Bitcoin is the first decentralised digital currency. It operates in a virtual world, run through a peer-to-peer network, independent of central control such as a bank or clearing house. Bitcoins can be bought using conventional currency and can also be accepted as payment for goods or services.
Another way of earning Bitcoins is online through a process known mining which involves solving algorithms to unlock blocks of Bitcoins. Bitcoins are attractive because they can be sent to anyone, anywhere in the world at any time with little or no fees. Bitcoin is also limited in supply and therefore its value cannot be devalued.
Exciting as the Bitcoin phenomenon is, there are legal complexities that are yet to be fully resolved.
The lack of backing by a government or a bank may prove to be Bitcoin’s major flaw. Some experts believe that currency must be backed by power for it to survive.
The lack of government control also carries security risks. If Bitcoin virtual wallets are hacked there is no depositors’ protection provided by traditional bank accounts. Furthermore, while traditional currencies are vigorously policed and monitored, the same cannot be said for the Bitcoin.
Bitcoin users can remain anonymous when making a transaction which could facilitate criminal activity such as money laundering and fraud. The FBI have recently seized $3.6m (£2.2m) worth of Bitcoins following the arrest of a suspect though to be involved with the illicit Silk Road website.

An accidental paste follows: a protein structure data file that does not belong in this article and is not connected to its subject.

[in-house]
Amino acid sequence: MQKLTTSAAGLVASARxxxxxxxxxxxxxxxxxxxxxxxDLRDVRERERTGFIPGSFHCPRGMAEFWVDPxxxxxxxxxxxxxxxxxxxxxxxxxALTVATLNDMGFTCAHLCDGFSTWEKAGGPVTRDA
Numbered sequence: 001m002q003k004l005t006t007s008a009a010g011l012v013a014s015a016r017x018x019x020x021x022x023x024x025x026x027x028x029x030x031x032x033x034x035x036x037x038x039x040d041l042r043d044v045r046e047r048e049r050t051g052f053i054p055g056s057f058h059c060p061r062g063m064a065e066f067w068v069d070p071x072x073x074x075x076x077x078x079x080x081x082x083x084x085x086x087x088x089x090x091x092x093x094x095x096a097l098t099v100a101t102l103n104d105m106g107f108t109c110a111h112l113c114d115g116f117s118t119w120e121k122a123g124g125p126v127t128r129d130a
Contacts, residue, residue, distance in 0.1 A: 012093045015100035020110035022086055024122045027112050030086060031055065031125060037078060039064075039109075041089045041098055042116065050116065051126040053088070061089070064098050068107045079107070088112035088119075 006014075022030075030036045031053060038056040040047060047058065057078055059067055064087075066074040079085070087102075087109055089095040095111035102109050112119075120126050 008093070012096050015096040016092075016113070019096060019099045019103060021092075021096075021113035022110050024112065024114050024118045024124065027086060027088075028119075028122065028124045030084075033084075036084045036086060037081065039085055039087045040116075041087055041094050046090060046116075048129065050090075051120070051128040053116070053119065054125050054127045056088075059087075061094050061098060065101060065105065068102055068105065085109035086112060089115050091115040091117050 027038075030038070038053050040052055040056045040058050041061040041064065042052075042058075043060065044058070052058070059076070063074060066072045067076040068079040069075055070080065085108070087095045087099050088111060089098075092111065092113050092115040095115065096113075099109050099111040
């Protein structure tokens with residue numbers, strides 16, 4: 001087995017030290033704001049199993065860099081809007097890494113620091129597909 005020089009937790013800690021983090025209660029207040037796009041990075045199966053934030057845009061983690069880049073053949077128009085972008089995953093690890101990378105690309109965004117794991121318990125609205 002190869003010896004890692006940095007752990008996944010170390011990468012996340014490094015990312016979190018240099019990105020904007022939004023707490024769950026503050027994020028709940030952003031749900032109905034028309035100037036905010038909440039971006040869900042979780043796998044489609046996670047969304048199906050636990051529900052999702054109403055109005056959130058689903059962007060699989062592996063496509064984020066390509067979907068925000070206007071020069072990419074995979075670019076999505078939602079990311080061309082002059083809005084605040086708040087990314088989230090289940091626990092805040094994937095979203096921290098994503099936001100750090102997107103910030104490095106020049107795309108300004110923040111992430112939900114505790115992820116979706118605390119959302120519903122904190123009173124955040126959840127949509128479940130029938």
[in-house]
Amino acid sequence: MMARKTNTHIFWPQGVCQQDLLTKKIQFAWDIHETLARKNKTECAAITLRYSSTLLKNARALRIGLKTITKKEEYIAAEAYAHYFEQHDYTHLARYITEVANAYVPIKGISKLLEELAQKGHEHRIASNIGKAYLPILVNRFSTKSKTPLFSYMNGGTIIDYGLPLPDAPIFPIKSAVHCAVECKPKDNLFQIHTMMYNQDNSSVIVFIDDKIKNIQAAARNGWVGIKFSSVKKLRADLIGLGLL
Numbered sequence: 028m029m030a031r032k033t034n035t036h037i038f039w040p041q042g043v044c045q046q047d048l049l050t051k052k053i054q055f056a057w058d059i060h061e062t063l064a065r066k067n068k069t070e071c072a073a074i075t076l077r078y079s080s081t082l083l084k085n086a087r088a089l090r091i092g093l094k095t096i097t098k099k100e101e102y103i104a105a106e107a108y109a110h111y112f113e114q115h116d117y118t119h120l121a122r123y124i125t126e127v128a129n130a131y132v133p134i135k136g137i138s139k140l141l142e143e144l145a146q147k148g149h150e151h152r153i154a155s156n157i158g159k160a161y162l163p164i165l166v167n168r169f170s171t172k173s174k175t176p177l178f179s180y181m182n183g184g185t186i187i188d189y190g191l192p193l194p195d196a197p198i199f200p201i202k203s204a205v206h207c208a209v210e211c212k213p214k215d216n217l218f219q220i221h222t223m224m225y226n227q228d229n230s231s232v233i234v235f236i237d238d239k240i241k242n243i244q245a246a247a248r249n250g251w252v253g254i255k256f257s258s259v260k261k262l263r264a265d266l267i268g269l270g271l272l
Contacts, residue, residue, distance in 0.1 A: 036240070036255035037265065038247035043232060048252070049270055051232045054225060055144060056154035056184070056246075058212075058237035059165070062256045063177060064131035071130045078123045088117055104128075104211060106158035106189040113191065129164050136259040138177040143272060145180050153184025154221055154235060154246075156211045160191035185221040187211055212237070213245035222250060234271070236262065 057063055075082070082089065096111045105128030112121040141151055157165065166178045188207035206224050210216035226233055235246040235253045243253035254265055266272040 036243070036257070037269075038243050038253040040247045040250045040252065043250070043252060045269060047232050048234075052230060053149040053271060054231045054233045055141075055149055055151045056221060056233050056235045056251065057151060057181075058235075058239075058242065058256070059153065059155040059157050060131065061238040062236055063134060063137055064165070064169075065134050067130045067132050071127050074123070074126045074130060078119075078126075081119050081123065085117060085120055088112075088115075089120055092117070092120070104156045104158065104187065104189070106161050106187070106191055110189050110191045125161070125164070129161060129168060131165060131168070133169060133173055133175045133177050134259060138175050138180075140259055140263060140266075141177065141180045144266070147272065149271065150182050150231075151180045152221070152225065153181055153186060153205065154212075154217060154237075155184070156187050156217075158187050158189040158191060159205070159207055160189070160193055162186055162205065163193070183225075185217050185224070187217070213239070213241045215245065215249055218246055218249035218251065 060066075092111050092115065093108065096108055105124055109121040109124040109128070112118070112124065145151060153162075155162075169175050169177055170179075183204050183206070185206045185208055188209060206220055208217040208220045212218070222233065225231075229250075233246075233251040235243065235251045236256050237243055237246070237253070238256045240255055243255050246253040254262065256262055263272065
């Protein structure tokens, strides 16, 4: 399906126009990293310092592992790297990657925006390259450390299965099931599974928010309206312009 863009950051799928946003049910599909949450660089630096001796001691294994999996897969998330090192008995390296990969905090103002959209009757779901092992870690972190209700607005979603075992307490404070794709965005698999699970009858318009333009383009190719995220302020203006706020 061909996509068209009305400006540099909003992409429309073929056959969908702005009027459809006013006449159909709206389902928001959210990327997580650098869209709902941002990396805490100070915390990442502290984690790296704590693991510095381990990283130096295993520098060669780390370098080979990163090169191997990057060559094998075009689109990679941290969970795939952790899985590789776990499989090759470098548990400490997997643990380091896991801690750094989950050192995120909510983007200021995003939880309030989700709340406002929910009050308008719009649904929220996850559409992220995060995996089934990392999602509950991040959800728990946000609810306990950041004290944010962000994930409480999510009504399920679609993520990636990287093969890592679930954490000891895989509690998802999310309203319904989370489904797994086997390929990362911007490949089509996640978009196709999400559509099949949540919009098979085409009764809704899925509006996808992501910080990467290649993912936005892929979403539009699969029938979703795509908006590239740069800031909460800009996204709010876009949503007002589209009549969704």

Lack of Global Consensus
There is little global consensus on the Bitcoin issue. In Germany, the Bitcoin has been granted legal status and is classified as “private money” rather than e-currency.
In the US, financial regulation varies in different states. California’s Department of Financial Institutions issued a cease and desist letter to the Bitcoin Foundation in June 2013 accusing it of engaging in a “money transmission business” without obtaining a licence. The Bitcoin Foundation denied the charge. Meanwhile, the US has begun to introduce regulation and does in fact recognise the Bitcoin as currency.
In France, a court has been unable to determine whether Bitcoin is a virtual currency under French law and thus subject to relevant legislation.
Thailand has banned the Bitcoin altogether.
Bitcoins in the UK
Bitcoin’s status in the UK remains uncertain, as it does not fit regulator’s definition of e-money, but it could amount to “issuing payment instruments” as long as Bitcoins count as money which is “if and when they become widely used” according to the FSA.
Bitcoin companies in the UK asked the government to introduce regulation to make business easier and help promote economic growth by following in the footsteps of Germany and the US. However, the future surrounding the Bitcoin is uncertain and whether it is the future of currency remains to be seen. There are a host of regulatory issues to iron out and reaching a consensus on the legal status of the Bitcoin could prove incredibly difficult.
For more information about using Bitcoins in your business please contact James Crichton via e-mail email@example.com or by telephone on 0207 611 4848.